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I'm quite confident that all users on Law StackExchange are well acquainted with the Fifth Amendment of the Constitution, which confers the privilege against self-incrimination upon witnesses as well as defendants. I'm also equally assured of users' familiarity with the Amendment that follows, and they are thus aware of the rights it affords to the defendant, which includes one to confront adverse witnesses and obtain favourable ones via a compulsory process.

In my opinion, the rights that I have stated in the previous paragraph are in conflict with each other in certain scenarios. For example, what happens if the state's witness invokes their Fifth Amendment right on cross-examination or a defence witness, whom the state refuses to give immunity, does the same on direct examination?

I am aware that a witness may not want to expose themselves to prosecution, but would they deprive a defendant's right to a full defence in doing so?

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Yes, there is indeed a conflict, often described as a balancing act. Similarly, the principle of free speech protected by the First Amendment requires that the public tolerate lies in political rhetoric, and hateful public speech and insults, but can be balanced against an individual's interest in reputation in a libel case. See Near vs Minnesota and NY Times vs Sullivan for leading cases on this issue. There is also tension between the right of a newspaper to report on a current criminal case again under the First Amendment, and the defendant's Sixth Amendment right to a fair trial before an unbiased jury, which might be influenced by newspaper publicity.

In these and similar situations, there is no way to fully serve both protected interests, and courts must strike a balance and prefer one right over another, or find some compromise.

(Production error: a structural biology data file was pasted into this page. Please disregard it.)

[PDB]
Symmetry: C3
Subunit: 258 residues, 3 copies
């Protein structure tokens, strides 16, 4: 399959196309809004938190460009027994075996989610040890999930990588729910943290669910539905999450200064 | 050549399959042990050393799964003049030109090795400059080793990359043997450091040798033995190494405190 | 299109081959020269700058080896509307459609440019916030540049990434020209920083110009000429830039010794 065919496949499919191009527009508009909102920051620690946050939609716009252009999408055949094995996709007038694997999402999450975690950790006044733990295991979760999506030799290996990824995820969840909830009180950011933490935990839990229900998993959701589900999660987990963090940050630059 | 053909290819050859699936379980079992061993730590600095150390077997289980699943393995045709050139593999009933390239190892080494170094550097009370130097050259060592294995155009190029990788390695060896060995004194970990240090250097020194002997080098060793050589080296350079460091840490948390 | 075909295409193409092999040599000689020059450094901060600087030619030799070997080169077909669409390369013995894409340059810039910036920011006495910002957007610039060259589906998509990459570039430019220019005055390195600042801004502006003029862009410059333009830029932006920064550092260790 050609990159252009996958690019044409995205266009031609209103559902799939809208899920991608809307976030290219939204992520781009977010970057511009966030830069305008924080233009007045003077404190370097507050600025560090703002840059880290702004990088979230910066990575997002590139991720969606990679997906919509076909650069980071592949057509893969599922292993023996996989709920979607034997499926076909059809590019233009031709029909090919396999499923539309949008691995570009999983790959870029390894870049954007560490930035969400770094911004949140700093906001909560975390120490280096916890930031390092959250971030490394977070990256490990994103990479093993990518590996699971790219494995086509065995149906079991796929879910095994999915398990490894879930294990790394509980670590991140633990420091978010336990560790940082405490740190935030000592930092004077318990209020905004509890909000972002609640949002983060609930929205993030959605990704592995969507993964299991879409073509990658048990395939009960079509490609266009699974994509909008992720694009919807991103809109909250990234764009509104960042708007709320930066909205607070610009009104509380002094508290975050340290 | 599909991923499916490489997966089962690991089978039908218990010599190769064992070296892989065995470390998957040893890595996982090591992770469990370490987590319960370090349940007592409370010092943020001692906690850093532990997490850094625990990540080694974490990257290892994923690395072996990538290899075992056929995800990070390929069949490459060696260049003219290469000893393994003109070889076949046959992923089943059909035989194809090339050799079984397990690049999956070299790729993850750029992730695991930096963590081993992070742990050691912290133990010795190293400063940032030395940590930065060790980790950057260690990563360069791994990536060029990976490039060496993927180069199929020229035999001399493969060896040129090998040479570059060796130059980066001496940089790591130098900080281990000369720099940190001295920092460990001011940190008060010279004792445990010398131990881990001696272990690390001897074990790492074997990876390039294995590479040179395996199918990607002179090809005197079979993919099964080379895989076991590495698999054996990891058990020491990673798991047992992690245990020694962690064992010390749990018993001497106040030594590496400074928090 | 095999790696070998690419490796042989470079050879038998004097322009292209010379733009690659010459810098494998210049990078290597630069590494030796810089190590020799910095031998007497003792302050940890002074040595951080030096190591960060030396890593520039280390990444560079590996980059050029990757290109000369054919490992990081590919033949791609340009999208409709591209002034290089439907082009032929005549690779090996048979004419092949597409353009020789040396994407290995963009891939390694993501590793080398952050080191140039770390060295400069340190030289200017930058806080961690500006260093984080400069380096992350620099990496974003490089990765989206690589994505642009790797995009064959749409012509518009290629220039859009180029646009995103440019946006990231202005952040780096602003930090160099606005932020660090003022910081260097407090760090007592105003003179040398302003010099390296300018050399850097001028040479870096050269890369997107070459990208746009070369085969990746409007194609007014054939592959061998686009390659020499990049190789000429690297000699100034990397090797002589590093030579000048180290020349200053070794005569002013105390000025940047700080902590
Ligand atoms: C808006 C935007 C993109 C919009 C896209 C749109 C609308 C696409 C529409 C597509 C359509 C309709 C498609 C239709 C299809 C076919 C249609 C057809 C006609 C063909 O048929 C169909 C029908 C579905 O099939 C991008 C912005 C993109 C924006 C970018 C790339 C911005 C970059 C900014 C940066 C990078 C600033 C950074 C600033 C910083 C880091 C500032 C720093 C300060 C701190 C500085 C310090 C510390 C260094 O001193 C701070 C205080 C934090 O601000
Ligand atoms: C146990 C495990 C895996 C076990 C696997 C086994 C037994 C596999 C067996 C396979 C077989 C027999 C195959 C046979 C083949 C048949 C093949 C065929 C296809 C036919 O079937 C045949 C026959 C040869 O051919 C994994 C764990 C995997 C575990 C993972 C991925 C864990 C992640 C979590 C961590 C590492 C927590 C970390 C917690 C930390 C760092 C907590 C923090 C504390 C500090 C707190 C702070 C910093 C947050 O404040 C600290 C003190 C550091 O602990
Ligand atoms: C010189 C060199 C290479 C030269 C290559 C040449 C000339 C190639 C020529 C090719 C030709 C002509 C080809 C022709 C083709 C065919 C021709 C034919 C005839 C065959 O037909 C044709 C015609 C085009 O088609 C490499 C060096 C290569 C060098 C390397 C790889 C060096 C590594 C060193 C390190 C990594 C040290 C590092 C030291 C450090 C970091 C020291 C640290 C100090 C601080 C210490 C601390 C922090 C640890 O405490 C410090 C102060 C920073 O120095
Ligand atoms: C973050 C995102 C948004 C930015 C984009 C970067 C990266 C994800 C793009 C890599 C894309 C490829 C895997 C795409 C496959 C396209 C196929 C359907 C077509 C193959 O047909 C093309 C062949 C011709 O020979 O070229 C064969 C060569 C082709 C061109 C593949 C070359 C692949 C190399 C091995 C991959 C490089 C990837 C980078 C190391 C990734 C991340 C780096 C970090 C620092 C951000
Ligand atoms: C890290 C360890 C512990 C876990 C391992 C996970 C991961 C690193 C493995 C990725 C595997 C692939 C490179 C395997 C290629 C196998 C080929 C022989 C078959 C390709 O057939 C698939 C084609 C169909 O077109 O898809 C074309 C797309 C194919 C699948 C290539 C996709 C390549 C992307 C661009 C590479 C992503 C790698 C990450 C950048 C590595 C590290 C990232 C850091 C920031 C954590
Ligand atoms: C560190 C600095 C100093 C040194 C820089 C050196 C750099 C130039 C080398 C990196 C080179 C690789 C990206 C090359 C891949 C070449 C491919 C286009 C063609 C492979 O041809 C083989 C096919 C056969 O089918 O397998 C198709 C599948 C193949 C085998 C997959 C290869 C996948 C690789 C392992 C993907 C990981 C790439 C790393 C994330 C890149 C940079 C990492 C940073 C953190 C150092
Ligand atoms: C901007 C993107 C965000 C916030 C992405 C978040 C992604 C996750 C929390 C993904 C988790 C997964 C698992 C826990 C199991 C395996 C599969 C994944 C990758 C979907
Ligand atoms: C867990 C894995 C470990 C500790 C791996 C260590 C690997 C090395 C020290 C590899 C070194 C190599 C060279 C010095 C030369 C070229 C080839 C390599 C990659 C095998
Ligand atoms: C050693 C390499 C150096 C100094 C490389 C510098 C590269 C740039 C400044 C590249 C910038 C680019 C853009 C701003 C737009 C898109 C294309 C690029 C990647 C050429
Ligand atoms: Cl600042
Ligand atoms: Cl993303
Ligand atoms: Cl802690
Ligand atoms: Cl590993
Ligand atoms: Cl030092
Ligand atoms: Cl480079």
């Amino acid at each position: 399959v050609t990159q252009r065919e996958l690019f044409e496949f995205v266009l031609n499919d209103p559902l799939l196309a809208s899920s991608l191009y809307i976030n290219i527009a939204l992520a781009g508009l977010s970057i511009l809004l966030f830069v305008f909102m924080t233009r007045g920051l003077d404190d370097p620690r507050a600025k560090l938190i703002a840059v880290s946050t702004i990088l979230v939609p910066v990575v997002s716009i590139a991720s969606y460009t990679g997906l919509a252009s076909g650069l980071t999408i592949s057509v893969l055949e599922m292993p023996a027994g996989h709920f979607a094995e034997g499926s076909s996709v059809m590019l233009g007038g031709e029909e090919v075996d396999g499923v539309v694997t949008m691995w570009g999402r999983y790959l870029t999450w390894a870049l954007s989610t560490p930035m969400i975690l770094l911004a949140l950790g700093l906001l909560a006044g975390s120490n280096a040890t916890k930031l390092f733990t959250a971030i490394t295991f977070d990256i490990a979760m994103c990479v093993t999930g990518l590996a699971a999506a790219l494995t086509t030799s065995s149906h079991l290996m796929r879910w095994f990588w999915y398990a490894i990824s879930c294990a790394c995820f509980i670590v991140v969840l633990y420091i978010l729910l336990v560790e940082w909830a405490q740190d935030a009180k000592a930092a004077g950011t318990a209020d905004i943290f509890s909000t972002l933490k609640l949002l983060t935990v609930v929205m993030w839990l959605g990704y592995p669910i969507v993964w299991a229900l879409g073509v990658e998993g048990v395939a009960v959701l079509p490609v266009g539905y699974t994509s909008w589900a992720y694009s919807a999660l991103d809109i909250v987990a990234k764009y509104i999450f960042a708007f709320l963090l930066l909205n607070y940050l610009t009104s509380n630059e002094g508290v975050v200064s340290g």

In the 5th vs 6th situation, courts have mostly favored the 5th. That is, the court will not require a witness to give up the right not to self-incriminate, and usually will not grant a defendant an acquittal because desired testimony is unavailable.

It might be that a defendant expected to rely on the testimony of a witness who has since died, or has fled the country and cannot be brought before the court. The sixth does not and cannot assure perfect justice, and the courts do not attempt to make it do so.

In the situation described, the defendant may compel the witness to appear and be asked the relevant questions. The jury will hear the answer, and may assume what it would have been without the invocation of the Fifth. The defendant's lawyer can try to find a question that the witness will answer, and can argue that the refusal to answer is consistent with a not-guilty verdict. That is all that the courts provide.

When the prosecution calls a witness, knowing or having good reason to know that the witness will invoke the 5th on more or less every relevant question, the US Supreme Court in Namet v. United States 373 U.S. 179 (1963) has held that this may be error requiring overturning the conviction. This was confirmed and expanded in Douglas v. Alabama 380 U.S. 415 (1965). But neither of these are relevant when the defense calls the witness.

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